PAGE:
Microbiology Chapter # 22

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  1. Haemophilus influenzae is prevented by
    Hib Vaccine
  2. Meningococcal meningitidis is caused by
    Neisseria meningitidis
  3. Pneumococcal pneumoniae is caused by
    Streptococcus Pneumoniae
  4. Listeriosis is caused by
    Listeria monocytogenes
  5. Tetnus is caused by
    Clostridium tetani
  6. Botulism is caused by
    Clostridium Botulinum
  7. Leprosy is caused by
    Mycobacterium Leprae
  8. Polio (Poliomyelitis) is caused by
    Polio Virus
  9. Rabies is caused by
    Rabies Virus
  10. Arboviral Encephalitis is caused by
  11. What are the three most common causative agents of Bacterial Meningitis?
    • Streptococcus pneumonia
    • Neisseria meningitidis
    • H. influenzae
  12. Which is more severe, bacterial or viral meningitis?
  13. Why has the incidence of H. influenzae meningitis gone down?
  14. What age group is Hib meningitis most common in?
    Children < 4 yoa
  15. What are the physical characteristics of Haemophilus influenzae?
    gram negative coccobacilli
  16. What are the physical characteristics of Neisseria meningitidis?
    gram negative diplococci
  17. What is the causative microbe of Meningococcal meningitis?
    Neisseria meningitidis
  18. Is there any prophylaxis against Meningococcal meningitis?
    Yes, vaccines against the capsular serotypes that are not B are effective.
  19. What are the S&S associated with Bacterial Meningitis?
    Fever, headache, stiff neck, vomiting, convulsions, coma
  20. What morphology and gram stain does Streptococcal pneumonia have?
    gram positive diplococci
  21. What age group is primarily affected by P. meningitis?
    1 month - 4 yoa
  22. Is there any prophylaxis for P. meningitis?
    Too many serotypes to make a vaccine. Antibiotics may be used.
  23. What is the causative microbe of Listeriosis?
    Listeria monocytogenes (note that they primary affect macrophages which is a monocyte)
  24. What was the noted primary non-living reservoir for Listeria monocytogenes?
    refrigerated foods (deli meats and soft cheeses)
  25. Is there any prophylaxis for L. monocytogenes?
    Bacteriophage spray
  26. What is the causative microbe of Tetanus?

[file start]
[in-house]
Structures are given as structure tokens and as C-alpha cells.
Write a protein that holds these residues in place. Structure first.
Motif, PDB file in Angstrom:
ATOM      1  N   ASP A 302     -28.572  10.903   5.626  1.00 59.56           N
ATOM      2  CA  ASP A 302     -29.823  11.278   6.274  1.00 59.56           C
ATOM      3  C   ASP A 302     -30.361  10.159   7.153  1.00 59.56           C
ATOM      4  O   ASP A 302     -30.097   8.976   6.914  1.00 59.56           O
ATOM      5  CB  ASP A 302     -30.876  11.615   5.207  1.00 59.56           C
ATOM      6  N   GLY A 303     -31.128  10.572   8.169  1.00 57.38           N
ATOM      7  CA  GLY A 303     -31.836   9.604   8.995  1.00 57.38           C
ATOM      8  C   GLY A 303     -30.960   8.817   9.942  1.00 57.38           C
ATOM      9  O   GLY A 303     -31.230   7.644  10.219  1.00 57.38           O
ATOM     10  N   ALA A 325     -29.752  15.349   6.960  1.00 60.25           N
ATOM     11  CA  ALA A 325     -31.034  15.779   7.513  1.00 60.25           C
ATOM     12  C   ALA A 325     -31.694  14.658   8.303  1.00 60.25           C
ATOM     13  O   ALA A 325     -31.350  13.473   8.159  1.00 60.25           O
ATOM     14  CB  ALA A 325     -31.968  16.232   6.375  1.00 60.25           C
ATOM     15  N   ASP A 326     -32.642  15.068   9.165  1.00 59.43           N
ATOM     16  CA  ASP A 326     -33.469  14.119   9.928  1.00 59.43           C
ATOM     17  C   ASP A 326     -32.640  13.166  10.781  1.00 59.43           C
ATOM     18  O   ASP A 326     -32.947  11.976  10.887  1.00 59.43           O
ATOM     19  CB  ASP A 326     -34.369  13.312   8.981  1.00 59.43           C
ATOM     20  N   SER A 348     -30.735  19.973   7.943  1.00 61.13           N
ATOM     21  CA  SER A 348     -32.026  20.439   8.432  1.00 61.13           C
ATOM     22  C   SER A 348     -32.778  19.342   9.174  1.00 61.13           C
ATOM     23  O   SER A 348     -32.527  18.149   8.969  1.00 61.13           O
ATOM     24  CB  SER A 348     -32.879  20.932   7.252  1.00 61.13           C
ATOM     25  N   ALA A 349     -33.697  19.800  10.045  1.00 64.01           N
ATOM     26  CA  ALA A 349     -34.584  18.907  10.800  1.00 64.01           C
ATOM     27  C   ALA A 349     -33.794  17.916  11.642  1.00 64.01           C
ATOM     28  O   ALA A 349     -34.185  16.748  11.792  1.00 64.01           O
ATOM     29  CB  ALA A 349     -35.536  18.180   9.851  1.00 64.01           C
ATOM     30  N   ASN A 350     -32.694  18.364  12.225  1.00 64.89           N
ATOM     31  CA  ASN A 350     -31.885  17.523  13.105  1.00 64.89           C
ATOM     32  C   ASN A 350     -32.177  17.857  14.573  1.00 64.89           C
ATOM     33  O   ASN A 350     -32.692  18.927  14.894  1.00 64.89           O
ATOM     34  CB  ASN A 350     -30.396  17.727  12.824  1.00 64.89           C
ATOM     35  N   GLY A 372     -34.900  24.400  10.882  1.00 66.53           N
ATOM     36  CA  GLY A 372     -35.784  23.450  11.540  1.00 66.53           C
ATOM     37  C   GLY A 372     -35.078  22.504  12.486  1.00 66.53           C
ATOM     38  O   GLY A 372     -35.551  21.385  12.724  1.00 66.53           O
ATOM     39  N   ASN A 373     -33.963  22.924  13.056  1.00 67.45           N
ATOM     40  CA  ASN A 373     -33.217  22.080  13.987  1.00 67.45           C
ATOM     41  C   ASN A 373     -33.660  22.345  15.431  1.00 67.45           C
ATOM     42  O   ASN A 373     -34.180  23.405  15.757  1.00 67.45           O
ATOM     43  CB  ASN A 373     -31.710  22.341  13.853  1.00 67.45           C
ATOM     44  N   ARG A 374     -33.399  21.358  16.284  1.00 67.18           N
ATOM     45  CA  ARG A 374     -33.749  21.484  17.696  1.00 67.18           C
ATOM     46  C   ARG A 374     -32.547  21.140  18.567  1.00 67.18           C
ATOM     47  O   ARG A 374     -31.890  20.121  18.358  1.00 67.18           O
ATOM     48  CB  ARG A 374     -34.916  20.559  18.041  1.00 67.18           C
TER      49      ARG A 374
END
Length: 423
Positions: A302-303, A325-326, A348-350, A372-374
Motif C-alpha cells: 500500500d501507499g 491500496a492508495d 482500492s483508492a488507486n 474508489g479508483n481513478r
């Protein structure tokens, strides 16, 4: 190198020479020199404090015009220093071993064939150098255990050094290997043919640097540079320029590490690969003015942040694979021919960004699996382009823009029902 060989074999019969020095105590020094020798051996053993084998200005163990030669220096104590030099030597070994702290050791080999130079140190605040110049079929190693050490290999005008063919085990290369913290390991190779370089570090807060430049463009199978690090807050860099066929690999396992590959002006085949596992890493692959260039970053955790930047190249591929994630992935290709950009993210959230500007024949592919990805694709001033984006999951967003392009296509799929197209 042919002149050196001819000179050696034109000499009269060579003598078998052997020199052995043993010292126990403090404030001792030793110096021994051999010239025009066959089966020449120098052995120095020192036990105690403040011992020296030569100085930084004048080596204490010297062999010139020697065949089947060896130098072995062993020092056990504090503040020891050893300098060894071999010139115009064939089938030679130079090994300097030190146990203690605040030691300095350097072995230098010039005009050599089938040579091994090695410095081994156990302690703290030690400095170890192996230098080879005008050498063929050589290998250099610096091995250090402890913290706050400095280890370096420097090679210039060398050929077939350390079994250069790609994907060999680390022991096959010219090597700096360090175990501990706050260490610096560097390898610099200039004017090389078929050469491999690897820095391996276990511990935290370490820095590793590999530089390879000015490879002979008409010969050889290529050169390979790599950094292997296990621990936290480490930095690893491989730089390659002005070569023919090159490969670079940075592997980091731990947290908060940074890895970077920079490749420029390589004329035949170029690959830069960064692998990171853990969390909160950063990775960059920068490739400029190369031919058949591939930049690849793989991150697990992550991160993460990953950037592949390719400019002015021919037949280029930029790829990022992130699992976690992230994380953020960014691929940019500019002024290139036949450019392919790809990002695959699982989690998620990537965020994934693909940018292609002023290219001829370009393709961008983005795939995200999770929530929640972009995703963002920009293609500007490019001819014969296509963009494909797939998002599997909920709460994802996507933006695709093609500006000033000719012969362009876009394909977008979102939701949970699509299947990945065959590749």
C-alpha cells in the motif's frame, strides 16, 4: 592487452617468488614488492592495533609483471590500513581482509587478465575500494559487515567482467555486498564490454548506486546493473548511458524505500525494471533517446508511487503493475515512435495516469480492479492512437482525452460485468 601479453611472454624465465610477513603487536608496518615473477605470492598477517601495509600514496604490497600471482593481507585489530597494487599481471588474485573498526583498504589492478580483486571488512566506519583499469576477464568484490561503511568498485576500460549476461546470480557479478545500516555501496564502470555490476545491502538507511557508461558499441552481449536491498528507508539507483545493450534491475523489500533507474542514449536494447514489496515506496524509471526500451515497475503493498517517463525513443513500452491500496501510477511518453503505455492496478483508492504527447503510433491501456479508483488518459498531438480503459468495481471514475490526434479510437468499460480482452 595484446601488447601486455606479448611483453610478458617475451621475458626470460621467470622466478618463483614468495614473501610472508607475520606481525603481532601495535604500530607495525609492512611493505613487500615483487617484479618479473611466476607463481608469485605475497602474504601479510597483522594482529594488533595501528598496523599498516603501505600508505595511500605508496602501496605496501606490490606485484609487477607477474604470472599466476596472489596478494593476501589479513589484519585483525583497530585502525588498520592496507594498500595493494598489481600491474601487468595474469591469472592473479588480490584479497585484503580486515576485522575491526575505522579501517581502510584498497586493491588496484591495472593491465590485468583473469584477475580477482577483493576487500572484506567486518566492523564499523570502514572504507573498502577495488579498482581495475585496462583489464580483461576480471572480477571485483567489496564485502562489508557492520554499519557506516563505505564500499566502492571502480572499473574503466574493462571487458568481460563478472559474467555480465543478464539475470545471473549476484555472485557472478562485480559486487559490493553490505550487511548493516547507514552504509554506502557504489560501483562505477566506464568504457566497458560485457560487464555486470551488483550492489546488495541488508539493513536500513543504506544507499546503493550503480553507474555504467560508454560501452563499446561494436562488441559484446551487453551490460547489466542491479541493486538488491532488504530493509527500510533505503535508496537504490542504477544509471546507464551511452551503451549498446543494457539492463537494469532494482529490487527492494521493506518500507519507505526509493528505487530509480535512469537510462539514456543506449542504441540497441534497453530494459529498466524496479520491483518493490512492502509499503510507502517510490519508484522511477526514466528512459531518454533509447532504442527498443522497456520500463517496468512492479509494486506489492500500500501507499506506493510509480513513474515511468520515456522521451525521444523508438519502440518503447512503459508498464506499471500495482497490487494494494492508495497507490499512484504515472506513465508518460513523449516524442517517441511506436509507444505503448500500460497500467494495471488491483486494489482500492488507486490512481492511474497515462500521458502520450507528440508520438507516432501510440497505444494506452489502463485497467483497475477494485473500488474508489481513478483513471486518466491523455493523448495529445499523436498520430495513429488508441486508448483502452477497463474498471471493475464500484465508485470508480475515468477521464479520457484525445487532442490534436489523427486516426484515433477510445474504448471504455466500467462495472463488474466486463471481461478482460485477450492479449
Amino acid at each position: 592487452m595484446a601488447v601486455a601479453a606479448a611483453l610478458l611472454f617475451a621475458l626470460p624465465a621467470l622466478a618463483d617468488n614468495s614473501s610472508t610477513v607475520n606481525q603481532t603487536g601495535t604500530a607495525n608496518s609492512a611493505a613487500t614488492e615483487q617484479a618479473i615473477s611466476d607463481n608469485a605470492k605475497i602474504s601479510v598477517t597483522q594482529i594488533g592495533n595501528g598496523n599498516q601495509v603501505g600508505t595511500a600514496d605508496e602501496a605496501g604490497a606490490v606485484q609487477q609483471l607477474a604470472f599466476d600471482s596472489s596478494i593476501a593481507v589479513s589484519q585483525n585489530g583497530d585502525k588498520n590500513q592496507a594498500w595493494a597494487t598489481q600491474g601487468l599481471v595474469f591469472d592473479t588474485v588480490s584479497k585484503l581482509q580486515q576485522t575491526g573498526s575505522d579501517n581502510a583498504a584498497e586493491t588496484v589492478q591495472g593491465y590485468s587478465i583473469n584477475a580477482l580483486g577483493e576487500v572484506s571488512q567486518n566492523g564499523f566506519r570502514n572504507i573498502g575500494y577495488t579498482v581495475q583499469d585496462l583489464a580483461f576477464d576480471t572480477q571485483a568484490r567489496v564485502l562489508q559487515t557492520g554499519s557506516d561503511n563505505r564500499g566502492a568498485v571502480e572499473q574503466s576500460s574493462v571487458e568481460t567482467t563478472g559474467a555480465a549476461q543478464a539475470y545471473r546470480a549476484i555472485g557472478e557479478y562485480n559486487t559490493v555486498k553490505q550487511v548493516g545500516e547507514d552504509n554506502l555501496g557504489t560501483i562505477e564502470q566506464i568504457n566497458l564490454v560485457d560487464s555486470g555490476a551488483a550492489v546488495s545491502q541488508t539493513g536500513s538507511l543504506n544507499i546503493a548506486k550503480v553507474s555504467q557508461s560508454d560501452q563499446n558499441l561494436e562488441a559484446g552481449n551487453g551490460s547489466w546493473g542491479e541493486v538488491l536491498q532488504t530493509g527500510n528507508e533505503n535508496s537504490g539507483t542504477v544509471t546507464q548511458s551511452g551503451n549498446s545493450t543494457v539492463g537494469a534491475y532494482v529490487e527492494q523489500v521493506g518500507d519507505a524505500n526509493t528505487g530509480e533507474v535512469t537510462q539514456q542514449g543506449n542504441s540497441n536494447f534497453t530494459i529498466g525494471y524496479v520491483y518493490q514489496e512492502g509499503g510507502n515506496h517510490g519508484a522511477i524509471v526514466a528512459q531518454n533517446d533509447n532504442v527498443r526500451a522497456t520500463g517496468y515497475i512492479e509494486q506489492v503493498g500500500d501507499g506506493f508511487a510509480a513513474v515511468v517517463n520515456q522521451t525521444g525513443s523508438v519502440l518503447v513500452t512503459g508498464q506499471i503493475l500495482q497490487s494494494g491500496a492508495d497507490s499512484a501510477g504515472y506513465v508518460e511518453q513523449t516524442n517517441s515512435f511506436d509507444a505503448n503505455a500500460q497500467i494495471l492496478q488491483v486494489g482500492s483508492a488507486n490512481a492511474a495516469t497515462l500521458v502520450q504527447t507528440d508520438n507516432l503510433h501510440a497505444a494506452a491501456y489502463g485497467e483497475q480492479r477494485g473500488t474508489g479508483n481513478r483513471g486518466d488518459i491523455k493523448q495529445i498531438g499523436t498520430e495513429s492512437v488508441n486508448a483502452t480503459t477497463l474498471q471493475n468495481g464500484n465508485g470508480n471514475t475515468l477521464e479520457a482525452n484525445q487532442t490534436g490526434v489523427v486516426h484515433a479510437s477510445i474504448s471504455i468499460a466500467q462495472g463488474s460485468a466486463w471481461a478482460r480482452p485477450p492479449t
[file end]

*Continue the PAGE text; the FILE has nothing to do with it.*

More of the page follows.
Clostridium tetani
  27. What is the morphology and gram stain of C. tetani?
    obligate anaerobic gram positive bacilli with subterminal endospores
  28. What is the neurotoxin associated with Tetanus? What does this toxin cause?
    Tetanospasmin; spasms and muscle contraction
  29. What are the S&S for Tetanus infection?
    lockjaw, opisthotonos. Death can result from respiratory failure
  30. Is there any prophylaxis for Tetanus?
    DTAP (diptheria, tetanus, acellular pertussis) vaccine. Also toxin immunoglobulins can be given
  31. What age group does tetanus primarily affect?
    people > 50 yoa
  32. What is the causative microbe of botulism?
    Clostridium botulinum
  33. What are the S&S of botulism?
    blurred vision, difficult swallowing, flaccid paralysis
  34. Is there any treatment for botulism?
    If given before the toxin attaches to the nerves, trivalent ABE antitoxin can save the patient.
  35. What age group is most affected by botulism?
    Infants. Do not give honey
  36. What is another name for Leprosy?
    Hansen's disease
  37. What is the morphology and gram stain of C. botulinum?
    oligate anaerobic gram positive bacillus with endospores
  38. Is there treatment for Leprosy?
    Yes, antibiotics can render patient non-contagious
  39. How is Leprosy transmitted?
    Prolonged and intimate contact
  40. What is the more serious and disfiguring leprosy in patients without cell-mediated immunity?
    lepromatous/progressive./multibacillary (lepromin test = negative)
  41. What is the leprosy that occurs in people with normal immune systems?
    Tuberculoid/neural form/paucibacillary (lepromin test = positive)
  42. How is polio transmitted?
    fecal contaminated water
  43. What are the S&S of polio?
    headache, sore throat, fever, few cases of paralysis
  44. What is the formalin-inactivated virus of polio vaccine called?
    Salk IPV
  45. What is the attenuated live polio virus vaccine called?
    Salk OPV
  46. What is the polio vaccine for immunocompromised called?
  47. What does Arboviruses stand for?
    Arthropod borne viruses (mosquitoes)
  48. What is the most severe form of Arboviral Encephalitis in the US?
    Eastern equine encephalitis
  49. What is the most common form of Arboviral Encephalitis in the US?
    California enceph. - mild
  50. What are S&S of west nile?
    subclinical, mild, fatal encephalitis, polio-like paralysis
  51. What is the treatment for Cryptococcus neoformans (fungal disease)?
    Amphotericin B & flucytosine
  52. What is the treatment for Naegleria meningoencephalitis?
    Usually you die, but some have lived while on Ampotericin B.
  53. What is African Trypanosomiasis?
    Protozoan sleeping sickness transmitted by the tsetse fly
  54. What is the drug that could be used to treat African Trypanosomiasis?
Card Set:
Microbiology Chapter # 22
2011-12-03 20:09:46
itsaji PHCC

Microbial Diseases of the Nervous System
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